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The Importance of Locus of Control

The Importance of Locus of Control

Locus of control stems from a social learning theory approach to personality where general beliefs are thought to develop from expectations based on prior reinforcements and hence is an expectancy-value approach to motivation. Expectancy-value means that it is looking at a combination of both elements: the expectancy of a particular outcome and the value of the outcome. For example, imagine a group of overweight people. Some may have a high expectancy that if they were to walk for half an hour a day, they would lose weight. Others would not. Some would value losing weight highly, others would not. Those who are high in both have the greatest chance of success.

Locus of control of reinforcements refers to the extent to which people perceive that reinforcements are within their own control, are controlled by others or are due to chance. Rotter says “it seems likely that, depending on the individual’s history of reinforcement, individuals would differ to the degree to which they attributed reinforcements to their own actions’ (Rotter, 1966).

There are psychometric tests which can determine an individual’s tendency towards an internal or external locus of control. For our purpose, it is important to recognise that the client’s specific locus of control with respect to the issue that they are presenting can be a significant factor in our process of helping a client maximise their motivation, and perhaps their overall tendency is irrelevant: the hypnotist needs to know where the client is right now, with respect to the issue they are in the office to work on. If their overall tendency is more beneficial than the specific, however, then mapping techniques could be used to increase the benefit of the specific.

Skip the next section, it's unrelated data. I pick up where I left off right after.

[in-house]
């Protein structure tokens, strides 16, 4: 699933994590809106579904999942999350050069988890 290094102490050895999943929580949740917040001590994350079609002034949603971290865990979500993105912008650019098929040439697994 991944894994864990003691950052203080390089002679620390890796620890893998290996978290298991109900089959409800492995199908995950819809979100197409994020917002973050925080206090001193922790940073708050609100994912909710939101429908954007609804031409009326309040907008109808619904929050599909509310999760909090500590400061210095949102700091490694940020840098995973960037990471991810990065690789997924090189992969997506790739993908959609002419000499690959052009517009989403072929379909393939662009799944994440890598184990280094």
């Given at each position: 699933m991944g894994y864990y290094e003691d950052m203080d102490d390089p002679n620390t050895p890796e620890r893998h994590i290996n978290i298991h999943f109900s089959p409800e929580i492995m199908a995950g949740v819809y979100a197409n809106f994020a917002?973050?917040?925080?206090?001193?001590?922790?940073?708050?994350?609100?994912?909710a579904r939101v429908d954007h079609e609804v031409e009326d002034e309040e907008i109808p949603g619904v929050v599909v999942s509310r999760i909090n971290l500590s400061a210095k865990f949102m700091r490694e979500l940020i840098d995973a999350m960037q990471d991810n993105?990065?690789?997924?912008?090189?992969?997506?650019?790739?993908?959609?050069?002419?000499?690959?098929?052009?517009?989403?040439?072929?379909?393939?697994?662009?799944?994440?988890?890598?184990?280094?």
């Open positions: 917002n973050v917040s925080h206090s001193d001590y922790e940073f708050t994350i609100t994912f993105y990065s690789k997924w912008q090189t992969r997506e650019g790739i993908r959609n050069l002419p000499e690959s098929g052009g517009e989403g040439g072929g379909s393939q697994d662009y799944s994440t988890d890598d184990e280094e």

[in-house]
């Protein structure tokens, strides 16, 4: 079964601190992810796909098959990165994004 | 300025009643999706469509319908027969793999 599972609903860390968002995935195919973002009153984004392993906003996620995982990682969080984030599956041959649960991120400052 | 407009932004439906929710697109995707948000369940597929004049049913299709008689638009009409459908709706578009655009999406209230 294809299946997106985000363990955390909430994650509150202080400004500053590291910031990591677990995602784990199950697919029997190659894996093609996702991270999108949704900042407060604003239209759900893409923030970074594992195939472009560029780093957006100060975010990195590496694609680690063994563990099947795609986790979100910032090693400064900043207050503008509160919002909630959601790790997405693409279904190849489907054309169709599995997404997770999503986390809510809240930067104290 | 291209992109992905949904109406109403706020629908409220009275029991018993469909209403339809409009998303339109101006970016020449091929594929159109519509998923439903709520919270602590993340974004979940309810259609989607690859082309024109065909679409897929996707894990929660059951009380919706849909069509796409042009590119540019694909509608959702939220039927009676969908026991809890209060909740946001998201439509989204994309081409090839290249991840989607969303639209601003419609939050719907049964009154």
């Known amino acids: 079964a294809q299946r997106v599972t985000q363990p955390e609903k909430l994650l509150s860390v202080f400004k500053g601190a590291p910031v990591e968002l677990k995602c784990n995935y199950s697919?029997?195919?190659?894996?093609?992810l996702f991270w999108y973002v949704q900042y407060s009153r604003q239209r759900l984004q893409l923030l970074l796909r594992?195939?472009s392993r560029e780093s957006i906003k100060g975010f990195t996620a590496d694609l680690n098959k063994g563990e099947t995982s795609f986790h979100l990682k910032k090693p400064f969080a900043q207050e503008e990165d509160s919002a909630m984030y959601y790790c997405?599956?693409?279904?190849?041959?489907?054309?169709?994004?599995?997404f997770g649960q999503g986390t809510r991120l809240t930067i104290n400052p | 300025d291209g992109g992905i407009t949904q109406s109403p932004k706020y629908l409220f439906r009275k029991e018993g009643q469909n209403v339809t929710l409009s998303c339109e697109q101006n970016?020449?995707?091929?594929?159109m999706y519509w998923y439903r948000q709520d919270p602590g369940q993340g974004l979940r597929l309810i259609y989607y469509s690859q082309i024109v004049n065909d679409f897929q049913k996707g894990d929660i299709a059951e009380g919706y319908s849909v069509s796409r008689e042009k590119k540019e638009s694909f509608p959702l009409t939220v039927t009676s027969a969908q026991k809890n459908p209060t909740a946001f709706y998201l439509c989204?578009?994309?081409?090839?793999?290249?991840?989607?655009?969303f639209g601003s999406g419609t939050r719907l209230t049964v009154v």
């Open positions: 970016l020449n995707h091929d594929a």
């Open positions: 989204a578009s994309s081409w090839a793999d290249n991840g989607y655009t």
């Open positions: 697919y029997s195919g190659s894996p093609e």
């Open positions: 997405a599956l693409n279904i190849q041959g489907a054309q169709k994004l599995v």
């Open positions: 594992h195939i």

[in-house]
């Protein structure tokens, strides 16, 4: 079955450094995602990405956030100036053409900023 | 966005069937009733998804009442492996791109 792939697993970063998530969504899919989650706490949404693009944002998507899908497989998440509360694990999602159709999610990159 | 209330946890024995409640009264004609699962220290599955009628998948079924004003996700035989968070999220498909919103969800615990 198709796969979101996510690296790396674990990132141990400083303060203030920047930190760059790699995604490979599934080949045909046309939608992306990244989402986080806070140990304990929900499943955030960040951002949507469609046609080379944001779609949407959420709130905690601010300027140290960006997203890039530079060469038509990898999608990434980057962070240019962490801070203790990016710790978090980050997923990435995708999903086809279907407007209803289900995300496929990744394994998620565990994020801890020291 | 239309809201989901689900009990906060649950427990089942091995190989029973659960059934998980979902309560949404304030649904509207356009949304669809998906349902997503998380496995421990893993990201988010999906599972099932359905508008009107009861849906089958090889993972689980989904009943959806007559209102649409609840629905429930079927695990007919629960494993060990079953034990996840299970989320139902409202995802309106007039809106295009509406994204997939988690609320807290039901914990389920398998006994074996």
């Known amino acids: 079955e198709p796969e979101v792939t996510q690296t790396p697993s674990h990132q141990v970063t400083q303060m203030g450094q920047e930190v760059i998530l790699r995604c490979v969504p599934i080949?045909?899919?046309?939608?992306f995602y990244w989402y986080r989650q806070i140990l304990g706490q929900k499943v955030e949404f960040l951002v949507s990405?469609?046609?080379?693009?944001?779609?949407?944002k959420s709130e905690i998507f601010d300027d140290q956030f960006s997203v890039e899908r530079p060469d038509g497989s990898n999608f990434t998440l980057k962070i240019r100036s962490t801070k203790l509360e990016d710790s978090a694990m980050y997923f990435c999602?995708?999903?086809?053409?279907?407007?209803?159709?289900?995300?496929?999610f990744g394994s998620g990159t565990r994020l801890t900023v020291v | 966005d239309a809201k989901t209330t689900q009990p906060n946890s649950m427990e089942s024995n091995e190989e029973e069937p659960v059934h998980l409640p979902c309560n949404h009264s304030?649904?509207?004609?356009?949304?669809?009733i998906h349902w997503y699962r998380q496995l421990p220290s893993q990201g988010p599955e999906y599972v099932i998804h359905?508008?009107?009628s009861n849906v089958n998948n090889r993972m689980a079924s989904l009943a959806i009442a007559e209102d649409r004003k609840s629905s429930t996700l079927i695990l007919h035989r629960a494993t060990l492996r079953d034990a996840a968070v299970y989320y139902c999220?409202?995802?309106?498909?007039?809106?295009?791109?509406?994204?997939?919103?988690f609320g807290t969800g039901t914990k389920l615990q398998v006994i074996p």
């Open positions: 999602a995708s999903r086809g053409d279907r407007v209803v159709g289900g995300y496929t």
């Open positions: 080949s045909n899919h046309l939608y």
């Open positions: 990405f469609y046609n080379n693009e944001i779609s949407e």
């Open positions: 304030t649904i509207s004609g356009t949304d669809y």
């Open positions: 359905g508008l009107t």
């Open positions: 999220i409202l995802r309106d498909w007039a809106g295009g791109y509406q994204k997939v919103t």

It is generally perceived that having an internal locus of control is “good” and external is “bad”. However, this is not always the case. For example, a client may, as a child have felt responsible for her parents’ arguments. This is an internal LOC, and part of the motivational hypnotist’s role here may be, in this one instance, to shift this so that she knows that this is not within her control, but to help her to see that she can have control of how she now responds.
So how does feeling in control fit the process of motivation? It is clear from
everyday life that most of us, most of the time are more motivated by situations which involve choice, control and self-determination. Conversely most of us, most of the time, prefer not to be controlled or pressured too much. These ideas bring us to the concept of intrinsic and extrinsic motivation.

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